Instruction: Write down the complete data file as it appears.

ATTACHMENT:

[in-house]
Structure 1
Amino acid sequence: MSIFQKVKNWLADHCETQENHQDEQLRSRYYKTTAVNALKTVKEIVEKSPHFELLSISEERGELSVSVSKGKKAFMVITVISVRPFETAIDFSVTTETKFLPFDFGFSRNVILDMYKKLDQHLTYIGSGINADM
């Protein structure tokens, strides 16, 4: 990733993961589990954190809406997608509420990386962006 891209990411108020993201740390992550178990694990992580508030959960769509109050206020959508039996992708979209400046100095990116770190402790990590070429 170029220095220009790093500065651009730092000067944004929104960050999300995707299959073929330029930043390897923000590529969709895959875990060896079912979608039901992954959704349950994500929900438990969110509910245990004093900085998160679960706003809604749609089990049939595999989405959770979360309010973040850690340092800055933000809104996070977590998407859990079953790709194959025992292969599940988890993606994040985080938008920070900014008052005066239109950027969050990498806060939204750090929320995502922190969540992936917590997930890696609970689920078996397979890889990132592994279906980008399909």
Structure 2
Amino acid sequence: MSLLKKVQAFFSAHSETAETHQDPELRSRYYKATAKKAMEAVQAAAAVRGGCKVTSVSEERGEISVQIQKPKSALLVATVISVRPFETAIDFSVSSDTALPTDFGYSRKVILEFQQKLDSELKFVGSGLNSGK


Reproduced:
[in-house]
Structure 1
Amino acid sequence: MSIFQKVKNWLADHCETQENHQDEQLRSRYYKTTAVNALKTVKEIVEKSPHFELLSISEERGELSVSVSKGKKAFMVITVISVRPFETAIDFSVTTETKFLPFDFGFSRNVILDMYKKLDQHLTYIGSGINADM
């Protein structure tokens, strides 16, 4: 990733993961589990954190809406997608509420990386962006 891209990411108020993201740390992550178990694990992580508030959960769509109050206020959508039996992708979209400046100095990116770190402790990590070429 170029220095220009790093500065651009730092000067944004929104960050999300995707299959073929330029930043390897923000590529969709895959875990060896079912979608039901992954959704349950994500929900438990969110509910245990004093900085998160679960706003809604749609089990049939595999989405959770979360309010973040850690340092800055933000809104996070977590998407859990079953790709194959025992292969599940988890993606994040985080938008920070900014008052005066239109950027969050990498806060939204750090929320995502922190969540992936917590997930890696609970689920078996397979890889990132592994279906980008399909």
Structure 2
Amino acid sequence: MSLLKKVQAFFSAHSETAETHQDPELRSRYYKATAKKAMEAVQAAAAVRGGCKVTSVSEERGEISVQIQKPKSALLVATVISVRPFETAIDFSVSSDTALPTDFGYSRKVILEFQQKLDSELKFVGSGLNSGK